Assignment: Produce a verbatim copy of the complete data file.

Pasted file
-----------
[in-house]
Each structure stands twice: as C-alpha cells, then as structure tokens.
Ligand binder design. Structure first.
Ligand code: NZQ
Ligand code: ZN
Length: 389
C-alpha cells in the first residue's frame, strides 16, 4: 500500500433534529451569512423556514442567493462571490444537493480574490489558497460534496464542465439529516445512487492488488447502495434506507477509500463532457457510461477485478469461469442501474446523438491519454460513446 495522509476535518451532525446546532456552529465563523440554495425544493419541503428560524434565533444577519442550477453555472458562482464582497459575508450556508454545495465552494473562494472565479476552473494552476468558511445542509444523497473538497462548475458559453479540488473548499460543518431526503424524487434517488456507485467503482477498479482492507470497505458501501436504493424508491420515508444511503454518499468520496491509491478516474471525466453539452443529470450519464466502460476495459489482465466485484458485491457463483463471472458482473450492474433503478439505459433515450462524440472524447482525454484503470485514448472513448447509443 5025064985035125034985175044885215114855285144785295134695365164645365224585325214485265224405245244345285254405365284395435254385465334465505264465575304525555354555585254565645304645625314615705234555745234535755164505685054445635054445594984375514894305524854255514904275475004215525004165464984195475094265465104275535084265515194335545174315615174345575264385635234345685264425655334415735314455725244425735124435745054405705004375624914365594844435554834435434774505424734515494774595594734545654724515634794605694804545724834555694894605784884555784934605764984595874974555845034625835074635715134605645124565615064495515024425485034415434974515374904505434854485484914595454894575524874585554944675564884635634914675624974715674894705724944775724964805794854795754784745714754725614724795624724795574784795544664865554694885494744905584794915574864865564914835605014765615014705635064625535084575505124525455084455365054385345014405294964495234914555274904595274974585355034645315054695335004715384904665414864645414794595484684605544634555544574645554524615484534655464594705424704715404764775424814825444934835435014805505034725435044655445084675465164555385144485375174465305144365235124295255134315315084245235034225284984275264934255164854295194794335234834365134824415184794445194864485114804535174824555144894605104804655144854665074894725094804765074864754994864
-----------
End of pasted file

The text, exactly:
[in-house]
Each structure stands twice: as C-alpha cells, then as structure tokens.
Ligand binder design. Structure first.
Ligand code: NZQ
Ligand code: ZN
Length: 389
C-alpha cells in the first residue's frame, strides 16, 4: 500500500433534529451569512423556514442567493462571490444537493480574490489558497460534496464542465439529516445512487492488488447502495434506507477509500463532457457510461477485478469461469442501474446523438491519454460513446 495522509476535518451532525446546532456552529465563523440554495425544493419541503428560524434565533444577519442550477453555472458562482464582497459575508450556508454545495465552494473562494472565479476552473494552476468558511445542509444523497473538497462548475458559453479540488473548499460543518431526503424524487434517488456507485467503482477498479482492507470497505458501501436504493424508491420515508444511503454518499468520496491509491478516474471525466453539452443529470450519464466502460476495459489482465466485484458485491457463483463471472458482473450492474433503478439505459433515450462524440472524447482525454484503470485514448472513448447509443 5025064985035125034985175044885215114855285144785295134695365164645365224585325214485265224405245244345285254405365284395435254385465334465505264465575304525555354555585254565645304645625314615705234555745234535755164505685054445635054445594984375514894305524854255514904275475004215525004165464984195475094265465104275535084265515194335545174315615174345575264385635234345685264425655334415735314455725244425735124435745054405705004375624914365594844435554834435434774505424734515494774595594734545654724515634794605694804545724834555694894605784884555784934605764984595874974555845034625835074635715134605645124565615064495515024425485034415434974515374904505434854485484914595454894575524874585554944675564884635634914675624974715674894705724944775724964805794854795754784745714754725614724795624724795574784795544664865554694885494744905584794915574864865564914835605014765615014705635064625535084575505124525455084455365054385345014405294964495234914555274904595274974585355034645315054695335004715384904665414864645414794595484684605544634555544574645554524615484534655464594705424704715404764775424814825444934835435014805505034725435044655445084675465164555385144485375174465305144365235124295255134315315084245235034225284984275264934255164854295194794335234834365134824415184794445194864485114804535174824555144894605104804655144854665074894725094804765074864754994864